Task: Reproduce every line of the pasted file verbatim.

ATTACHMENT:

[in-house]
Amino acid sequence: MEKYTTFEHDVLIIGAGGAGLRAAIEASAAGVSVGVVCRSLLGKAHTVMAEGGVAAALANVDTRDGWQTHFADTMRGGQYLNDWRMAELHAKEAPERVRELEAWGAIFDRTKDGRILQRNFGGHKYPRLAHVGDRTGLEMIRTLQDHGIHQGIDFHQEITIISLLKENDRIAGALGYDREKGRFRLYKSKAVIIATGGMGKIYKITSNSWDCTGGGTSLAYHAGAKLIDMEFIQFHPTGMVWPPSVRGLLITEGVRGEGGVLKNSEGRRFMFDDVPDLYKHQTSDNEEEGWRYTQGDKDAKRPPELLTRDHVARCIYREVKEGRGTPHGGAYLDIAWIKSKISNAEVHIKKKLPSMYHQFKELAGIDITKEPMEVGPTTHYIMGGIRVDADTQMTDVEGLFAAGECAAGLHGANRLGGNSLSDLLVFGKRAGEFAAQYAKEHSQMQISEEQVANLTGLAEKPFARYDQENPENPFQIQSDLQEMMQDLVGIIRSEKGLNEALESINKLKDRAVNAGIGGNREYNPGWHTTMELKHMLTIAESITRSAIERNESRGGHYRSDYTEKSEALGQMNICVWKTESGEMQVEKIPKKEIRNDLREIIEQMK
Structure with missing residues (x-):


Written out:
[in-house]
Amino acid sequence: MEKYTTFEHDVLIIGAGGAGLRAAIEASAAGVSVGVVCRSLLGKAHTVMAEGGVAAALANVDTRDGWQTHFADTMRGGQYLNDWRMAELHAKEAPERVRELEAWGAIFDRTKDGRILQRNFGGHKYPRLAHVGDRTGLEMIRTLQDHGIHQGIDFHQEITIISLLKENDRIAGALGYDREKGRFRLYKSKAVIIATGGMGKIYKITSNSWDCTGGGTSLAYHAGAKLIDMEFIQFHPTGMVWPPSVRGLLITEGVRGEGGVLKNSEGRRFMFDDVPDLYKHQTSDNEEEGWRYTQGDKDAKRPPELLTRDHVARCIYREVKEGRGTPHGGAYLDIAWIKSKISNAEVHIKKKLPSMYHQFKELAGIDITKEPMEVGPTTHYIMGGIRVDADTQMTDVEGLFAAGECAAGLHGANRLGGNSLSDLLVFGKRAGEFAAQYAKEHSQMQISEEQVANLTGLAEKPFARYDQENPENPFQIQSDLQEMMQDLVGIIRSEKGLNEALESINKLKDRAVNAGIGGNREYNPGWHTTMELKHMLTIAESITRSAIERNESRGGHYRSDYTEKSEALGQMNICVWKTESGEMQVEKIPKKEIRNDLREIIEQMK
Structure with missing residues (x-):